Part of going through the stages of beginnerhood at BJJ (besides just flinging yourself into the pit of your first training session) is getting to know the different classes on offer and how to get the most out of them. Most of the time you’ll find it ranging between fundamentals and all levels (beginners: we don’t advise you taking the advanced classes for obvious reasons).

If you want to level-up quickly from a beginner to an intermediate white belt, we suggest you get to know the strengths of each of these two classes and plan your training accordingly:


  • Teaches you the tricks and tips. This is for you beginners, intermediates, and any other BJJ-goers who are needing an introduction, refinement or refreshment of the different skills and positions of the jiu jitsu practice. The body of knowledge is so vast that there is always something new to learn.
  • Fundamentals first, All levels second. Fundamentals is essential for laying down the groundwork in movement patterning and concept development. We recommend absolute beginners in jiu jitsu train for a month in fundamentals before attending the all levels classes —even then only at their comfort level, and if you’re unsure ask a coach.
  • Helps to minimise injuries during training. You’re squeezing necks and bending limbs the wrong way — not only that, but these actions are also enacted upon you. Fundamentals helps to teach you how to execute these actions without putting your opponent at unnecessary risk as well as the safe ways to react when you, yourself, are put in a tricky position. Awareness of timing, including when to tap out, is also a learnt skill.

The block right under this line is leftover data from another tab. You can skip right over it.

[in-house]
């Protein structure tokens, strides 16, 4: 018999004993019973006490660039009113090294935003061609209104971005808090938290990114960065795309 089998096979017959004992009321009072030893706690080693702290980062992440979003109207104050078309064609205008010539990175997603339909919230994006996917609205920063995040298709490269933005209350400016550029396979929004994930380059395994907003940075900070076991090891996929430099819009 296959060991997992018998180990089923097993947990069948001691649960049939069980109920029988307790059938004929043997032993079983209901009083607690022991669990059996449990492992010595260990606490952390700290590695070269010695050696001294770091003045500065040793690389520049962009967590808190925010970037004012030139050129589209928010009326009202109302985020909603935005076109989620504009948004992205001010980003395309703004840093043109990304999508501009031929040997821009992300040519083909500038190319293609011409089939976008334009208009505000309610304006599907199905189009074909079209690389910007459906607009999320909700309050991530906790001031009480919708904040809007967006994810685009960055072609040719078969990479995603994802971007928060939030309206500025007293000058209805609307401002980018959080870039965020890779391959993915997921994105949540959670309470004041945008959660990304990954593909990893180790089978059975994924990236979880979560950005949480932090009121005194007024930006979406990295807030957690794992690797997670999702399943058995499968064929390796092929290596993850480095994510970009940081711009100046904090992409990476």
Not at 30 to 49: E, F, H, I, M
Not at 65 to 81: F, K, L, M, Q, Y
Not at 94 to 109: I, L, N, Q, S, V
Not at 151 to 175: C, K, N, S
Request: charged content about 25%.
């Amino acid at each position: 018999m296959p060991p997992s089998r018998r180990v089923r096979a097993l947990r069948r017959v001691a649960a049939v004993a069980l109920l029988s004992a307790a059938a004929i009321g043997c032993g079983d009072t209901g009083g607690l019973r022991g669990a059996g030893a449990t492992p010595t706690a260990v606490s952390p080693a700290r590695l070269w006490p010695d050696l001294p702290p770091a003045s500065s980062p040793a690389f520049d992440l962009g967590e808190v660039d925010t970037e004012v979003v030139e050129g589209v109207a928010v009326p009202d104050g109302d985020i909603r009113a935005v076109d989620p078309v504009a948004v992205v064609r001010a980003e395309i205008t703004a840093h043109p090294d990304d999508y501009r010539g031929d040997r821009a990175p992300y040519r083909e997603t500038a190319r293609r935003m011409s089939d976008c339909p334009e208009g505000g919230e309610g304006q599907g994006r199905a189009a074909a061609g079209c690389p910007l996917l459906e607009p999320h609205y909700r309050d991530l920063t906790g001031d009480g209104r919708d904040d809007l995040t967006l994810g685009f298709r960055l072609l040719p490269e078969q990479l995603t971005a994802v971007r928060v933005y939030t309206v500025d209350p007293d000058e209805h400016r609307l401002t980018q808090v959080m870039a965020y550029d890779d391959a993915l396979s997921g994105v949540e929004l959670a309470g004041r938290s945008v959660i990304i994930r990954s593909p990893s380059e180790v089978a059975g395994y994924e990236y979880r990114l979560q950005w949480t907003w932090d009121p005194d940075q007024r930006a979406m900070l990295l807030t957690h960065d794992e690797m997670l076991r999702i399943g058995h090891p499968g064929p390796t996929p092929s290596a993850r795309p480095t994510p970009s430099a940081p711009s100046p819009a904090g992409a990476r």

• Conditions your subconscious with learnt behaviours. Learning jiu jitsu is all about repetition. The more you do it, the better you get. Think of how your fingers have your pin memorised even when your mind might not, or how your feet know instinctively when to accelerate, break and hold the clutch when driving. When you keep repeating the same technique for long enough you start reacting to it without need for prompting.


  • Challenges you again and again. Part of what helps you level-up in jiu jitsu is grappling with people of all different experiences. Jiu jitsu is hardly a class you can just swim through (unless of course you’re a black belt shark come to prey on a beginners class). You will be challenged again and again.
  • Gives you the freedom to explore your skills further. While fundamentals tends to focus more on routine and set repetitions, all levels gives you a bit more flexibility while also still allowing you to build on the fundamental skills of training.
  • Going against higher level belts can help you learn faster. Maybe not so high that you get taken down so quickly you don’t even have time to blink, but with those skilled enough to allow you to give it your best and get bested anyway. By grappling with someone more skilled than you are, you are encouraged to work harder, use your mind and your muscles, and figure out your next move.
  • Humbles you again and again. A lot of beginners go in with a certain amount of ego: all levels helps to squash that right out of you. There will always be someone better than you (even when their belt, size or weight might’ve had you think otherwise). Sometimes you might even get to watch someone else be humbled: sometimes a white belt beats a blue belt. It’s all about the humbling.

If you’re interested in trying out jiu jitsu for the first time, give our 3-class trial a try! And check out our class timetable to find the next fundamentals or all levels class for you.